I’ve been considering writing this post for a while now. Since the moment I first played New Super Mario Bros. 2, in fact. But, obviously, I put it off, and it’s only due to Jacob’s brilliant piece on the game that I thought I’d revisit it, dust off my ranting cap, pull on my bitching pants*, and get down to hollering vaguely at the metaphorical children on my lawn.
With a high profile release such as a Super Mario Bros. game, reviews are everywhere. That’s fine. And they vary pretty widely in opinion, which is fine too. What’s not fine, as far as I’m concerned, is the perpetually echoing criticism that it’s not different enough from New Super Mario Bros. That’s missing the point, and it’s missing it in several substantial ways.
First of all, I will concede this: you have every right to be disinterested in New Super Mario Bros. 2. Of course you do. What baffles me, though, is that anybody would expect the game to be something other than what it is…and even to hold against the game the fact that it isn’t something different.
The Super Mario Bros. series has splintered over the years into so many spinoffs and subseries that it’s literally quicker to list off the genres that Mario hasn’t made his own than to name all the ones he’s branched into. That’s where New Super Mario Bros. came in. It was a deliberate exercise in getting Mario back to his purest platforming roots. Gone were expansive 3D worlds and game-long gravity gimmicks. Mario’s primary weapon and mode of transportation were once again, at long last, one and the same: his feet.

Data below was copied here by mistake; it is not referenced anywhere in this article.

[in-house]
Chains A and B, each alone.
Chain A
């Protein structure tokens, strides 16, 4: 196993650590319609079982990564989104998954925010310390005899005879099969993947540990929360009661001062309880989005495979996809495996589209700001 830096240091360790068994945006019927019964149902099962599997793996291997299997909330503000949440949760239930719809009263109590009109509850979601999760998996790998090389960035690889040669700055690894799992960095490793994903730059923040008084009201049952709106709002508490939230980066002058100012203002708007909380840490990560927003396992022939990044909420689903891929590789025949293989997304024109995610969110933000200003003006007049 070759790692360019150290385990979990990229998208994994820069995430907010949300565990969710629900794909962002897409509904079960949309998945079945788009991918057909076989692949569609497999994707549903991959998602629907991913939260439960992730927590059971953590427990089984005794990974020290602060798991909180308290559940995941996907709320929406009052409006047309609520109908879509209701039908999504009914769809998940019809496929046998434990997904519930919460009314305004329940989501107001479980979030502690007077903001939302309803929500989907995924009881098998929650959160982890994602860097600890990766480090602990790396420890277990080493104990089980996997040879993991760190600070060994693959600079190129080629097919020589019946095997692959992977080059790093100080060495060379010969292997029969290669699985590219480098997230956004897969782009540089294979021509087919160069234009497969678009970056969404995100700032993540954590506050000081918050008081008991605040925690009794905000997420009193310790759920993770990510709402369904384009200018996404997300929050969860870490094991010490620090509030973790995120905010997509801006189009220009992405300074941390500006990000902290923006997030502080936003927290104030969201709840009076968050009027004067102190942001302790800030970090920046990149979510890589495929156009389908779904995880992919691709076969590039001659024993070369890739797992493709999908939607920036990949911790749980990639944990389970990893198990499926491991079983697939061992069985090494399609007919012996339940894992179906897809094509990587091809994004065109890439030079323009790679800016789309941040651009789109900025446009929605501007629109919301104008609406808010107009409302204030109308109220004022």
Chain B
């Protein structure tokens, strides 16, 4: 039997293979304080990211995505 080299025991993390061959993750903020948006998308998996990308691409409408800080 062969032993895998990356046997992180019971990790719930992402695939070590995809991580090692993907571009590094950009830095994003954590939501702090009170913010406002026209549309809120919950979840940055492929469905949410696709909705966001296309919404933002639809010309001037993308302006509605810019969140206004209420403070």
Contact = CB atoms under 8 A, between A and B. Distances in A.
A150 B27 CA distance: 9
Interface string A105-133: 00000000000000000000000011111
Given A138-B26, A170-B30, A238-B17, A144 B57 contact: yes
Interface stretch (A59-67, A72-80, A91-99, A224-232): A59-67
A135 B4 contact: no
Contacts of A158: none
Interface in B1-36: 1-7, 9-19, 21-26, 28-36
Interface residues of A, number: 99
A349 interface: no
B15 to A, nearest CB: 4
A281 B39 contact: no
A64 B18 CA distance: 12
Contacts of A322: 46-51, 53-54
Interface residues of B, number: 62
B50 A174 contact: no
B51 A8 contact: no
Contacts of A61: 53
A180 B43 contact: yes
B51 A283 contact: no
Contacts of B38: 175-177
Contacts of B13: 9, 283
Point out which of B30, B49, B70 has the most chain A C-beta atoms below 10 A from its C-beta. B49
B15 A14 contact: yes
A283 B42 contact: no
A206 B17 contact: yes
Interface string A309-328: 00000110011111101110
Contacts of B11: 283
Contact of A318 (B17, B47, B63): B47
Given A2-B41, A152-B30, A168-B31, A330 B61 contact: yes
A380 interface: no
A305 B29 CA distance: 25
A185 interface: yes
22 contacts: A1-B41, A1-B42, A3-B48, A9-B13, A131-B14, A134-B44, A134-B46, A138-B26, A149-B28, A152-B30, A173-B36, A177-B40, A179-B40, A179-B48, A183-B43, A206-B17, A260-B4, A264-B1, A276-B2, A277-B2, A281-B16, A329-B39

New Super Mario Bros. was a massive success, and it still sells well to this day, in spite of the fact that at least five hardware upgrades and countless releases stand between us and its release date. The reason for that is simple: it promised a return to basics, and consumers voted en masse with their pocketbooks to say, yes, that’s exactly the kind of promise we’ve been waiting to hear.
That was in 2006. Six years ago. The fact that a sequel was released just last month doesn’t exactly scream “cash grab.” Enough time has passed since the original’s release that it’s fair to assume that fans might enjoy another set of worlds to hop, stomp and somersault through, so Nintendo released New Super Mario Bros. 2. And it’s been criticized almost universally for not being different enough from its predecessor.
This is puzzling, as New Super Mario Bros. made its intentions clear. They were intentions that millions of gamers supported, and with pleasure. To criticize any game in the New Super Mario Bros. series for not being different enough is to miss the point; if you want something “different,” there are enough Mario games to suit your needs as it is. So many, in fact, that a return to basic platforming required a whole new subseries. That’s this. “Different” is explicitly against its reason for existence.